Health Benefits of Seafood
Experts Claim Wild Alaska Salmon is Healthier Than Farmed Salmon
There are tremendous health benefits from eating wild Alaska salmon and seafood.
Scientists have established the regular intake of fish, like wild Alaskan salmon, helps protect your heart from heart disease. Who wants to suffer a heart attack? The magic bullet 'ingredient' found in fish like salmon is fish oil that is high in Omega-3s. This fatty acid is not found in other foods.
Omega-3s found in fish, a polyunsaturated fatty acid EPA (eicosapentaenoic acid) and DHA (docosahexaenoic acid), helps the heart and helps clogged arteries. Salmon, in particular, is loaded with Omega-3s and the American Heart Association has recommended people eat it at least twice per week. You might also try herring and black cod.
What if you already have heart disease? Then the oils found in salmon might help reduce some of the problems.
Here's how Omega-3s help our hearts stay healthy:
- Prevention of abnormal heart beat rhythms.
- Reduced chances of sudden death from cardiac arrest by keeping the heartbeat stable.
- Stroke prevention through reduced chances of blood clotting.
- Slowed development of atherosclerosis or clogged blood vessels helps heart funtion.
- Inflammation of blood vessels is reduced through intake of Omega-3s found in salmon.
- Blood fat percentage in the blood stream is reduced by Omega-3 intake. If you have type-2 diabetes your triglycerides may be abnormally high. Eating salmon can help lower those blood fats.
- Arterial plaques (deposits) clogging your arteries can break apart and ultimately cause heart attacks. There is mountings cientific evidence that Omega-3s can make the plaques more stable.
- Omega-3s can help make your red blood cells more flexible, enabling them to fit more easily in small blood vessels. Improved blood flow is a positive for the heart and helps reduce the odds of stroke.
- Eating salmon loaded with Omega-3s can help raise the good cholesterol (HDL). HDL helps remove cholesterol that could otherwise clog arteries.
- Omega-3s contribute to more elastic, healthier artery and vessel walls, which increases blood flow and helps one's blood pressure, and
- Salmon intake may even help against rheumatoid arthritis.
In addition to the health benefits associated with Omega-3s found in fish oil seafood provides a great source of easily digested protein. The benefits are tremendous for kids, athletes, pregnant and nursing women, and those who are recoving from illnesses. The DHA found in Alaska salmon enhances the development of fetal and young brains as well as infant nervous systems.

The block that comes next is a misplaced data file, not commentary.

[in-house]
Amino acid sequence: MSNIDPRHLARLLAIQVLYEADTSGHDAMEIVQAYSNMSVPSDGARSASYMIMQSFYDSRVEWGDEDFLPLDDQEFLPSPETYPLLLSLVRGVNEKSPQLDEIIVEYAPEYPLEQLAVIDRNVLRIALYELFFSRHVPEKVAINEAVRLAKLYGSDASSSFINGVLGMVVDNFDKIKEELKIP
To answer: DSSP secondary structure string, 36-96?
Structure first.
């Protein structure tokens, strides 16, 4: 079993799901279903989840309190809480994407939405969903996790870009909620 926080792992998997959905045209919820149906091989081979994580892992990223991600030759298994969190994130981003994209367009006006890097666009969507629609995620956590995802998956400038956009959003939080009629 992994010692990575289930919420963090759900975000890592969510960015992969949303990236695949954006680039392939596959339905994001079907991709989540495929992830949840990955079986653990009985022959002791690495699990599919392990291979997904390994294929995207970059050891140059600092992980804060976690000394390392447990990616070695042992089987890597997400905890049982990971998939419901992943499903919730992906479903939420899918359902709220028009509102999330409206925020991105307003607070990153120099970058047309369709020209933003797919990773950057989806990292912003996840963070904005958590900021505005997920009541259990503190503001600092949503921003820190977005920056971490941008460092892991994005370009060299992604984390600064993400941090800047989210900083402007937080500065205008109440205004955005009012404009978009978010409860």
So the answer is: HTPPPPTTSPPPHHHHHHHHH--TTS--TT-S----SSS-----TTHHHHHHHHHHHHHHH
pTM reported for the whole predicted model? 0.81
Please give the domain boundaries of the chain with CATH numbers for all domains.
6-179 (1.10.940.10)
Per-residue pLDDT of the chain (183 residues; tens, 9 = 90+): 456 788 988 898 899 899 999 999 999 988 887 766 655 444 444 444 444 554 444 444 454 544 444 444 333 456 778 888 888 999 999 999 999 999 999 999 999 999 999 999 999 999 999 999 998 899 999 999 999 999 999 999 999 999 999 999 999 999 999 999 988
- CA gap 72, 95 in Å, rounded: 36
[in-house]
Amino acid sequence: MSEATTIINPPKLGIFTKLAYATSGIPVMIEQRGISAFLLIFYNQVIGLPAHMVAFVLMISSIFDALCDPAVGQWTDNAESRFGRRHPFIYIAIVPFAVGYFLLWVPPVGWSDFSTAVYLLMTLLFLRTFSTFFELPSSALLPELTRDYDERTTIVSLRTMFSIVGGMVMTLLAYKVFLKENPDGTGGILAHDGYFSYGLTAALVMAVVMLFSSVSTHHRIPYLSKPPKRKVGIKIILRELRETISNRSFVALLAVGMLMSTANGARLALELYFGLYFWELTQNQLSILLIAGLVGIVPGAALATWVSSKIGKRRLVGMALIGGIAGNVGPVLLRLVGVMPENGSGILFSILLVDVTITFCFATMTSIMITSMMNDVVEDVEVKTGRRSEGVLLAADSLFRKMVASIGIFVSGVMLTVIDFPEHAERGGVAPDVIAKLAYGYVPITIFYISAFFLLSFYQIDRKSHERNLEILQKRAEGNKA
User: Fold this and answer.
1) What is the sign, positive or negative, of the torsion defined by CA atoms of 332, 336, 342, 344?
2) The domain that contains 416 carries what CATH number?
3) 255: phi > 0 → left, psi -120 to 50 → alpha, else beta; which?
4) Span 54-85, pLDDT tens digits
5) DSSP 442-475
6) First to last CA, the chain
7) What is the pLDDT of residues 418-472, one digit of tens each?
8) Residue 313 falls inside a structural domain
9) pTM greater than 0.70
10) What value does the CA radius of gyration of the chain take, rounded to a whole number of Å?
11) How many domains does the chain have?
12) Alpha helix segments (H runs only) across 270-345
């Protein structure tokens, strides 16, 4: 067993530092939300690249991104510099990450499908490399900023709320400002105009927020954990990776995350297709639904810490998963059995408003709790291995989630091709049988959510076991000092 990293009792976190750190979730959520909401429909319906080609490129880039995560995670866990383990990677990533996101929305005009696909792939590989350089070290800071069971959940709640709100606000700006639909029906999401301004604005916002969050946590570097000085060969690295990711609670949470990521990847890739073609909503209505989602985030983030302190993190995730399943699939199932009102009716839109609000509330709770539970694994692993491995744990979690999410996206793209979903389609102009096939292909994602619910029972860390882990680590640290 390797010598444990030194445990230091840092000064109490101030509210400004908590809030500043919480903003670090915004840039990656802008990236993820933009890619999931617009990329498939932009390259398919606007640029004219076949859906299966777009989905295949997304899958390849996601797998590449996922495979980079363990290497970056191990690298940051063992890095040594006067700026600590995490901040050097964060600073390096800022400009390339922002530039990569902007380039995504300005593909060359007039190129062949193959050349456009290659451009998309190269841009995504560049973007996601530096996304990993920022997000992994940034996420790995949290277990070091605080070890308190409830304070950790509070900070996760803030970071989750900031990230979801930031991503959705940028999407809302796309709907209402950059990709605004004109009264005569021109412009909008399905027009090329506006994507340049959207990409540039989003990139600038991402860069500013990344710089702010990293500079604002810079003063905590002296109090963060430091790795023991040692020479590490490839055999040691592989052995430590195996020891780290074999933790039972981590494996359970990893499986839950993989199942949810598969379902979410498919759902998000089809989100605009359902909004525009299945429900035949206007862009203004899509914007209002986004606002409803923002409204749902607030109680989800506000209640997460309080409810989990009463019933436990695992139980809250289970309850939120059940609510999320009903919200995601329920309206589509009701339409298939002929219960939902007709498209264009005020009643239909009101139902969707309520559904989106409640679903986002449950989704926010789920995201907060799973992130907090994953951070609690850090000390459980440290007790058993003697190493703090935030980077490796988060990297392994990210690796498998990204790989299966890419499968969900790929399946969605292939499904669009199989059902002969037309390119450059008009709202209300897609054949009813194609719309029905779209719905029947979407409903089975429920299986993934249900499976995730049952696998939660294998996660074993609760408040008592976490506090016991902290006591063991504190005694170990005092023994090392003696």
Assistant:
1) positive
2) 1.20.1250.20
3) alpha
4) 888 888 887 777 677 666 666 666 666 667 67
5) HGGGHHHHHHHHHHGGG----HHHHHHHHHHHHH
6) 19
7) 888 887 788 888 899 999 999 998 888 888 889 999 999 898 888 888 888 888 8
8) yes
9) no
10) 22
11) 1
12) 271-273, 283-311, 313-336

|Seafood is good for you!
||Vitamin B 12
Did you know that eating wild Alaska salmon provides your body with at least 50% of the vitamin D your body needs in a given day? It's no joke and the claims are backed up by the American Heart Association, U.S. Food and Drug Administration, and World Health Organization. The FDA even permits a claim to be posted on Alaska wild salmon labeling:
"Supportive but not conclusive research shows that consumption of EPA and DHA omega-3 fatty acids may reduce the risk of coronary heart disease. One serving of Wild Alaska King Salmon provides 1.7 grams of EPA and DHA omega-3 fatty acids."
What about contaminants in salmon?
Good news! Wild Alaska salmon does not contain high levels of contaminants that can be harmful to pregnant women and kids. According to the Alaska Department of Environmental Conservation (DEC) the PCBs and dioxins in wild Alaska salmon are below 1% of the recognized safety levels.
Farmed salmon is higher in PCBs according to the Environmental Working Group and other academics and scientists worldwide. Read their report!
The advice from EWG to consumers is simple: eat wild and canned salmon -- not farmed. Consumers should not eat more than one 8-ounce piece of farmed salmon per month. You should remove as much fat as possible before broiling, baking or grilling the fish. These cooking methods are better than frying because frying doesn't allow the PCB-laden fat to cook off the salmon.
Types of Alaska Seafood =>